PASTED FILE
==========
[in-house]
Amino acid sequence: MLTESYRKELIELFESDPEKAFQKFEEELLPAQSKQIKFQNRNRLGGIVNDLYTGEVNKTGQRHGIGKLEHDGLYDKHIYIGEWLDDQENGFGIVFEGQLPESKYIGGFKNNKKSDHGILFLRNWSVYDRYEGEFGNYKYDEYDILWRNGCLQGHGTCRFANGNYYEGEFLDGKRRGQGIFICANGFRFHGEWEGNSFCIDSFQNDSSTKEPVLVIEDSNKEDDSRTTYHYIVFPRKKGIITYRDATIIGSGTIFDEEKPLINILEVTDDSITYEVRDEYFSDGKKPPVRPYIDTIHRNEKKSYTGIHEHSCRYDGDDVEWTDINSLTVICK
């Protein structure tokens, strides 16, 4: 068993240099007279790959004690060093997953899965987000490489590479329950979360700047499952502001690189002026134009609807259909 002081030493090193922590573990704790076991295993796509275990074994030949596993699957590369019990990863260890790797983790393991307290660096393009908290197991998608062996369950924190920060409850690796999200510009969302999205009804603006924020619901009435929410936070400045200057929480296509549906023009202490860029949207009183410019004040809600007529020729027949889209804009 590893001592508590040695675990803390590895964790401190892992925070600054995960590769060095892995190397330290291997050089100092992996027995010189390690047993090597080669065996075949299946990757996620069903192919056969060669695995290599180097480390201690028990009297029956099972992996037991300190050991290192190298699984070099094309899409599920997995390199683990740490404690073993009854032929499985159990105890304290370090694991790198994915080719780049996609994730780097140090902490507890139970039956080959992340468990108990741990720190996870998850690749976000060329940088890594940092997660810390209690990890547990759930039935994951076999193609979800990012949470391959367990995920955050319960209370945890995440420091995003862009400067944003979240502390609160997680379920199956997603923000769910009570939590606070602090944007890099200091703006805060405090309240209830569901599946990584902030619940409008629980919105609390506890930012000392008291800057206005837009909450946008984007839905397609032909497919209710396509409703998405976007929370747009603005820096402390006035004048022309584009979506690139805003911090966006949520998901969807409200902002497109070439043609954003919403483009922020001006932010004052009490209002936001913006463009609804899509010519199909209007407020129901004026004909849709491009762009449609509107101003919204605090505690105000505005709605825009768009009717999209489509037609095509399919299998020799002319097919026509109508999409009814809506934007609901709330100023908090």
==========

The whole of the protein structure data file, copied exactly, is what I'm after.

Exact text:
[in-house]
Amino acid sequence: MLTESYRKELIELFESDPEKAFQKFEEELLPAQSKQIKFQNRNRLGGIVNDLYTGEVNKTGQRHGIGKLEHDGLYDKHIYIGEWLDDQENGFGIVFEGQLPESKYIGGFKNNKKSDHGILFLRNWSVYDRYEGEFGNYKYDEYDILWRNGCLQGHGTCRFANGNYYEGEFLDGKRRGQGIFICANGFRFHGEWEGNSFCIDSFQNDSSTKEPVLVIEDSNKEDDSRTTYHYIVFPRKKGIITYRDATIIGSGTIFDEEKPLINILEVTDDSITYEVRDEYFSDGKKPPVRPYIDTIHRNEKKSYTGIHEHSCRYDGDDVEWTDINSLTVICK
């Protein structure tokens, strides 16, 4: 068993240099007279790959004690060093997953899965987000490489590479329950979360700047499952502001690189002026134009609807259909 002081030493090193922590573990704790076991295993796509275990074994030949596993699957590369019990990863260890790797983790393991307290660096393009908290197991998608062996369950924190920060409850690796999200510009969302999205009804603006924020619901009435929410936070400045200057929480296509549906023009202490860029949207009183410019004040809600007529020729027949889209804009 590893001592508590040695675990803390590895964790401190892992925070600054995960590769060095892995190397330290291997050089100092992996027995010189390690047993090597080669065996075949299946990757996620069903192919056969060669695995290599180097480390201690028990009297029956099972992996037991300190050991290192190298699984070099094309899409599920997995390199683990740490404690073993009854032929499985159990105890304290370090694991790198994915080719780049996609994730780097140090902490507890139970039956080959992340468990108990741990720190996870998850690749976000060329940088890594940092997660810390209690990890547990759930039935994951076999193609979800990012949470391959367990995920955050319960209370945890995440420091995003862009400067944003979240502390609160997680379920199956997603923000769910009570939590606070602090944007890099200091703006805060405090309240209830569901599946990584902030619940409008629980919105609390506890930012000392008291800057206005837009909450946008984007839905397609032909497919209710396509409703998405976007929370747009603005820096402390006035004048022309584009979506690139805003911090966006949520998901969807409200902002497109070439043609954003919403483009922020001006932010004052009490209002936001913006463009609804899509010519199909209007407020129901004026004909849709491009762009449609509107101003919204605090505690105000505005709605825009768009009717999209489509037609095509399919299998020799002319097919026509109508999409009814809506934007609901709330100023908090």